Wednesday, December 25, 2013

Lieutenant Lippincott's Canteen: A Christmas Reunion

Lt. Wallace Lippincott Jr.'s canteen

"By the way."
I was on the phone with Vern Schmidt, a World War II veteran who lives in Fresno, California, for about a half-hour a couple of weeks ago and was about to hang up when he said "By the way."
By the way, what?
By the way, Vern said, on his last visit to Europe, his friend Norbert Morbe, who lives in Luxembourg and is an avid collector of World War II artifacts, gave him a canteen. The canteen had a name scratched onto it, "Lt. Wal. Lippincott, 712 Tank Bn.," along with a serial number and what appears to be the word "Sauer Kraut." Norbert knew that Lt. Wallace Lippincott Jr. was killed in the Battle of the Bulge, and asked Vern to try and locate his family so the canteen could be returned. Vern had no luck searching the Internet. Did I know of a way of contacting the family?
Fifteen years ago I tried to locate Lieutenant Lippincott's family. I found a record of a donation made in his memory to the University of Delaware by his widow, who remarried and had a different last name. At the time I contacted the university's alumni association, they contacted the widow and she sent me a photo which I've since misplaced. I've long since lost touch with her.
By the way, did I mention I'm an email pack rat? Five years later Ted Nobles contacted me and said he was Lieutenant Lippincott's great-nephew and was working on a family genealogy. I sent him copies of some of the interviews I did with veterans of Lippincott's platoon. But Ted had moved and changed his email since then. Then I found him on Facebook.
I put Ted in touch with Vern, they had a long talk, and Ted said he was thrilled about the discovery. Vern sent him the canteen, and Ted planned to surprise his family with it on Christmas Day.
From left, Ted Nobles, Michelle Nobles Rutter, Lt. Lippincott's great-niece, and her son Oliver.
This photo arrived on Christmas Day, along with a note from Lieutenant Lippincott's great-niece.
The photo shows "my brother Ted, myself and my younger son Oliver," she wrote. "I am the first child born unto our mother Martha Wallace Zeallor who was the niece of Wallace Jr. My brother Ted is the second child . Martha Wallace Lippincott was my grandmother and only sister to Wallace Jr. As you know our mother and grandmother have passed and this gift is so appreciated. I was just talking about Wallace last night and then my brother shows up at my house to give me the news about the canteen. I got goose bumps and it was a great feeling to have glided my fingers across the etching of his name he engraved himself in the battle. Thank you from the bottom of my heart."
 Now look at who's getting goose bumps.
 Incidentally, my father and Lieutenant Lippincott were both replacements in A Company of the 712th Tank Battalion, and although they never met, they had a connection. My dad, Lt. Maurice Elson, joined the 712th in Normandy. He told his sergeant, Jule Braatz, that he trained as an infantry officer and knew little about tanks but it showed up on his "MOS," or service qualifications, because he attended a tank demonstration. Braatz gave my father a tour of the tank and told him to be careful getting down. My dad jumped off the tank, twisted his ankle, and wound up in an aid station. His platoon was sent on a mission without him.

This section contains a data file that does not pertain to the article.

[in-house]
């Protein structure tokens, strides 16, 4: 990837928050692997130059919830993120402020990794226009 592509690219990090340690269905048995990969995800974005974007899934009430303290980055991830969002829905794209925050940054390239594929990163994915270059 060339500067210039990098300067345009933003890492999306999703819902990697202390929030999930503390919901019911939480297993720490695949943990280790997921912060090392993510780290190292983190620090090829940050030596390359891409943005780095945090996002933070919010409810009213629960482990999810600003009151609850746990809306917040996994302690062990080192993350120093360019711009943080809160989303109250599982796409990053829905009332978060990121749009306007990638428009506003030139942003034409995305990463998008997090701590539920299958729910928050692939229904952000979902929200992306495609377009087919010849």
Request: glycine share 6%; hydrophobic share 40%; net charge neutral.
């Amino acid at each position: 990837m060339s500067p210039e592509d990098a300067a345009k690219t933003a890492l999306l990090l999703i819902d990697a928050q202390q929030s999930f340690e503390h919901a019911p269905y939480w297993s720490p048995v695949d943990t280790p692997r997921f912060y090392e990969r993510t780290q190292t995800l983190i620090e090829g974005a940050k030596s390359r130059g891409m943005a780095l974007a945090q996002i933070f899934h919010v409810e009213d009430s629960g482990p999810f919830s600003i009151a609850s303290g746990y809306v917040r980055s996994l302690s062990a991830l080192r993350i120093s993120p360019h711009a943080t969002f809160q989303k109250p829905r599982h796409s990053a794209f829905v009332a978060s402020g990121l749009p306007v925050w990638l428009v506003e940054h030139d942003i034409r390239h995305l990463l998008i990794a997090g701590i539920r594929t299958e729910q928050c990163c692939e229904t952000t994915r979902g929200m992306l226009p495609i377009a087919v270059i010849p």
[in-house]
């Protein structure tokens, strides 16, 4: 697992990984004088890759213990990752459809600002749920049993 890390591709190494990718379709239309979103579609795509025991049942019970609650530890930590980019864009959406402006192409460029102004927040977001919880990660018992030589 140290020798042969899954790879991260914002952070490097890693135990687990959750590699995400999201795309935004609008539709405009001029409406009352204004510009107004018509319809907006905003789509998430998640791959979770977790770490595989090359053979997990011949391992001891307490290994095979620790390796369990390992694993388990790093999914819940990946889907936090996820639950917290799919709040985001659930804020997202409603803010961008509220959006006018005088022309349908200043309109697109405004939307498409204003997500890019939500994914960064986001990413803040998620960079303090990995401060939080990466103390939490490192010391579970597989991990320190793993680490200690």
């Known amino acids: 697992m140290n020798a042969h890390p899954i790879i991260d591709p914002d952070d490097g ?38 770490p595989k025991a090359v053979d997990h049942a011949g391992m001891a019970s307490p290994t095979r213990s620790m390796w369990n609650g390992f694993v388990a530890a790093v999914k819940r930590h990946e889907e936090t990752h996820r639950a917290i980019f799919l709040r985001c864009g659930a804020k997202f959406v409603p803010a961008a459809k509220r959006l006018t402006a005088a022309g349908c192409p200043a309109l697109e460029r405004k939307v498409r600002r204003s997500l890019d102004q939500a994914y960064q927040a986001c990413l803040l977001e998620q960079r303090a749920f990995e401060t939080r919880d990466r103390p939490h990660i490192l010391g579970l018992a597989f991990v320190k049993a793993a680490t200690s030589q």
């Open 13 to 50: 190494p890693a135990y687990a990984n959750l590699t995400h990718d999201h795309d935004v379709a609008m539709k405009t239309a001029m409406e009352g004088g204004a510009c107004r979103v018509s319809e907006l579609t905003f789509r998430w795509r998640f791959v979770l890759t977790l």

The next day he hitched a ride to the front in the bog, or bow gunner's seat, of a tank in another platoon. When the platoon stopped, he got out of the tank and was wounded by shrapnel.
Braatz told me this story at the first reunion I attended, in 1987. He said the story was second hand because the driver my father hitched a ride with, Quentin "Pine Valley" Bynum, was later killed.
Lieutenant Lippincott joined the battalion a couple of weeks before the Battle of the Bulge. His driver the day he was killed was Pine Valley Bynum. Bynum and the tank's loader, Pfc. Frank Shagonabe, also were killed.
Two of the tank's crew members escaped unscathed, physically at least. Roy R. La Pish, whose nickname was Frenchie, of Pottstown, Pa., stayed in the Army after the war. His name can be found on the Vietnam Wall. For Hilton Chiasson of Thibodeau, La., that was the fifth tank he had knocked out, according to Phil Eckhart, another member of the platoon. Chiasson was so shaken that he was relieved of having to serve in a tank. One day I tried to look him up and I reached his widow, who said in a thick Cajun accent that her husband never spoke about the war.
Shagonabe was a Native American from northern Michigan. In an event eerily similar to the return of the canteen to Lippincott's family, an article appeared in the Muskegon Chronicle a few years ago. It told how Shagonabe's effects were sent to his employer because no family member could be found, but eventually someone was able to locate Shagonabe's half-brother. The article had wonderful photos of the reunion. The half-brother, Harlin Shagonabe, has since passed away.

Lt. Wallace Lippincott on the left in the lead tank, Bavigne, Luxembourg, going up into the Battle of the Bulge, a few days before he was killed. This tank was knocked out two days before he was killed. Lippincott was awarded the Silver Star for returning to the tank and putting out the fire. He was killed on Jan. 14, 1945, in Sonlez, Luxembourg.

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